Stack dataframes in r

Stack dataframes in r DEFAULT


stack: Stack or Unstack Vectors from a Data Frame or List


Stacking vectors concatenates multiple vectors into a single vector along with a factor indicating where each observation originated. Unstacking reverses this operation.


stack(x, …) # S3 method for default stack(x, drop=FALSE, …) # S3 method for data.frame stack(x, select, drop=FALSE, …)

unstack(x, …) # S3 method for default unstack(x, form, …) # S3 method for data.frame unstack(x, form, …)



a list or data frame to be stacked or unstacked.


an expression, indicating which variable(s) to select from a data frame.


a two-sided formula whose left side evaluates to the vector to be unstacked and whose right side evaluates to the indicator of the groups to create. Defaults to in the data frame method for .


Whether to drop the unused levels from the “ind” column of the return value.

further arguments passed to or from other methods.


produces a list of columns according to the formula . If all the columns have the same length, the resulting list is coerced to a data frame.

produces a data frame with two columns:


the result of concatenating the selected vectors in .


a factor indicating from which vector in the observation originated.


The function is used to transform data available as separate columns in a data frame or list into a single column that can be used in an analysis of variance model or other linear model. The function reverses this operation.

Note that applies to vectors (as determined by ): non-vector columns (e.g., factors) will be ignored with a warning. Where vectors of different types are selected they are concatenated by whose help page explains how the type of the result is chosen.

These functions are generic: the supplied methods handle data frames and objects coercible to lists by .

See Also



# NOT RUN { require(stats) formula(PlantGrowth) # check the default formula pg <- unstack(PlantGrowth) # unstack according to this formula pg stack(pg) # now put it back together stack(pg, select = -ctrl) # omitting one vector # }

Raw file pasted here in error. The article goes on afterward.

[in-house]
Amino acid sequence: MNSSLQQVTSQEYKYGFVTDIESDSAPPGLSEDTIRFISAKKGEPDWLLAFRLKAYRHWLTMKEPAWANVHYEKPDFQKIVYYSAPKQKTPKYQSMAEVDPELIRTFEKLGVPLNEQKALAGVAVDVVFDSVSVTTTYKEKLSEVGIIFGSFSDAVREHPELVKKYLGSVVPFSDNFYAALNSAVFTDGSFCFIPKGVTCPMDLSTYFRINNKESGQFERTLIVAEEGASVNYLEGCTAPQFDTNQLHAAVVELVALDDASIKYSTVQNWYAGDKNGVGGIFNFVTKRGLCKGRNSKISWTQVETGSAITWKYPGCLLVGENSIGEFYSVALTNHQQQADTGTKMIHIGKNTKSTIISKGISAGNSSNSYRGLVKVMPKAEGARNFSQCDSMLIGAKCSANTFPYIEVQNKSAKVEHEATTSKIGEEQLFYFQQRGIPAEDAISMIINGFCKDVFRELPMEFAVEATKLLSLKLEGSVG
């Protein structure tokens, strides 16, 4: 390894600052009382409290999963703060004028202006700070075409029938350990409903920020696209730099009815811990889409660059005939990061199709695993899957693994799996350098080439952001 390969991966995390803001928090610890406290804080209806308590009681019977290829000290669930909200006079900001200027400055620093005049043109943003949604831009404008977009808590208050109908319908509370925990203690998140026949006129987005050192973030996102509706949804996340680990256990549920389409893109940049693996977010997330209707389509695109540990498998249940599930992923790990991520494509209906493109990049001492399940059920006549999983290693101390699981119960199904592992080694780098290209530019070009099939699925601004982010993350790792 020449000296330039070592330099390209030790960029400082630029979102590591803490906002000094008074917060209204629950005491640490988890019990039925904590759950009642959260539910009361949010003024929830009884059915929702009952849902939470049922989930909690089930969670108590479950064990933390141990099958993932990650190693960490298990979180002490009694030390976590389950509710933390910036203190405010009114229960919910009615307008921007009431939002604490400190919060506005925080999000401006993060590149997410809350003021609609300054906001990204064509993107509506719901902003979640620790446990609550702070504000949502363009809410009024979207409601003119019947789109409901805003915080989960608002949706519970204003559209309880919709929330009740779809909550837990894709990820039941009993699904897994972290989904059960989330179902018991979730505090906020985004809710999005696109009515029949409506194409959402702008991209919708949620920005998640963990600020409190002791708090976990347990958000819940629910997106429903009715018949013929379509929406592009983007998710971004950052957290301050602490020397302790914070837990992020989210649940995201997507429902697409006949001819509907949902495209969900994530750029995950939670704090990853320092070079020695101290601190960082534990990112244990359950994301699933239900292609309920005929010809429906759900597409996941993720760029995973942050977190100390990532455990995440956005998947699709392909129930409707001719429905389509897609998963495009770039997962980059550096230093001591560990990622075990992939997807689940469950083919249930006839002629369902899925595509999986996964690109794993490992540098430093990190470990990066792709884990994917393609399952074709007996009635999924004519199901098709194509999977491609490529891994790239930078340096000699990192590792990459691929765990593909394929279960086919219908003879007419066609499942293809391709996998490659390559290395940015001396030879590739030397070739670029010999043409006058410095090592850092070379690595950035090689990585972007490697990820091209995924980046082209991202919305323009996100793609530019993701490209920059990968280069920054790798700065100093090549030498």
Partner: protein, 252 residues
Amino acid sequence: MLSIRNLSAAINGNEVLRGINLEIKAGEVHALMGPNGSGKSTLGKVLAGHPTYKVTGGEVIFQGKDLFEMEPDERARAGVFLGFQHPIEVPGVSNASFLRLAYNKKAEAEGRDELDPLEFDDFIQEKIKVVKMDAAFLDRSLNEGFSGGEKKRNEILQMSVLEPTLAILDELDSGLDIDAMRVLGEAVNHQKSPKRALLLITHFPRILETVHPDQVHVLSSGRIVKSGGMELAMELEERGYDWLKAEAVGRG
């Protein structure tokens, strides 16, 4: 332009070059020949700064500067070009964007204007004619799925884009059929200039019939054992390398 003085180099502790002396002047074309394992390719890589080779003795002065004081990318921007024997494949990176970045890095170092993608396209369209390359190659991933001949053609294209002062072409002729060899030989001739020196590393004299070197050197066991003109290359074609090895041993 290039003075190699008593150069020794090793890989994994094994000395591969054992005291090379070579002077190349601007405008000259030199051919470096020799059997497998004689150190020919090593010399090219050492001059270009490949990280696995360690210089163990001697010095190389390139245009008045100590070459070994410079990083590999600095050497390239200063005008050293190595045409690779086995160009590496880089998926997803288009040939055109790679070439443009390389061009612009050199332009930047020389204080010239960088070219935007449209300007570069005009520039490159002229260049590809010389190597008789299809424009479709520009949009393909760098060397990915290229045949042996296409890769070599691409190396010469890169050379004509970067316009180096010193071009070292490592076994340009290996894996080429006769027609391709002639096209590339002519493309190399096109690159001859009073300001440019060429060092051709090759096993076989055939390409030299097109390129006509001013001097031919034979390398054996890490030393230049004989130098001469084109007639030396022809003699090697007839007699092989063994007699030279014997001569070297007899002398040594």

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We’re going to walk through how to merge or combine data frames in R.

This article continues the examples started in our data frame tutorial . We’re using the ChickWeight data frame example which is included in the standard R distribution. You can easily get to this by typing: data(ChickWeight) in the R console. This data frame captures the weight of chickens that were fed different diets over a period of 21 days. If you can imagine someone walking around a research farm with a clipboard for an agricultural experiment, you’ve got the right idea….

This series has a couple of parts – feel free to skip ahead to the most relevant parts.

This section of our tutorial is going to deal with how to combine data frames in R. This allows us to take multiple data frames with a different character vector count and combine them into one merged data frame without even needing the dplyr package. There are many ways to combine multiple dataframes, from the rbind function to left outer join to logical vector combinations, but to minimize your work and ensure that every key column and variable from your multiple datasets are combined correctly, there are three main techniques we are going to look at:

  • cbind() – combining the columns of two data frames side-by-side
  • rbind() – stacking two data frames on top of each other, appending one to the other
  • merge() – joining two data frames using a common column

Using cbind() to merge two R data frames

We will start with the cbind() R function . This a simple way to join multiple datasets in R where the rows are in the same order and the number of records are the same. This means we don’t have any remaining columns out of place after merging multiple data frames because the left data frame and the right data frame have the same number of key variable names and no na value in the specified columns. We can select each data file and not have to create a new column at all when merging datasets with this method.

Syntax is straightforward – we’re going to use two imaginary data frames here, chicken and eggs:

The final result of this operation is the two data frames appended side by side. It is recommended but not required that the two data frames have the same number of rows. In the event one data frame is shorter than the other, R will recycle the values of the smaller data frame to fill the missing space.

Now, if you need to do a more complicated merge, read below. We will discuss how to merge data frames by multiple columns, set up complex joins to handle missing values, and merge using fields with different row names. Our base case assumes you’re dealing with the same variables with minimal drama from things such as missing values.

Using rbind() to merge two R data frames

We’ve encountered rbind() before, when appending rows to a data frame. This function stacks the two data frames on top of each other, appending the second data frame to the first.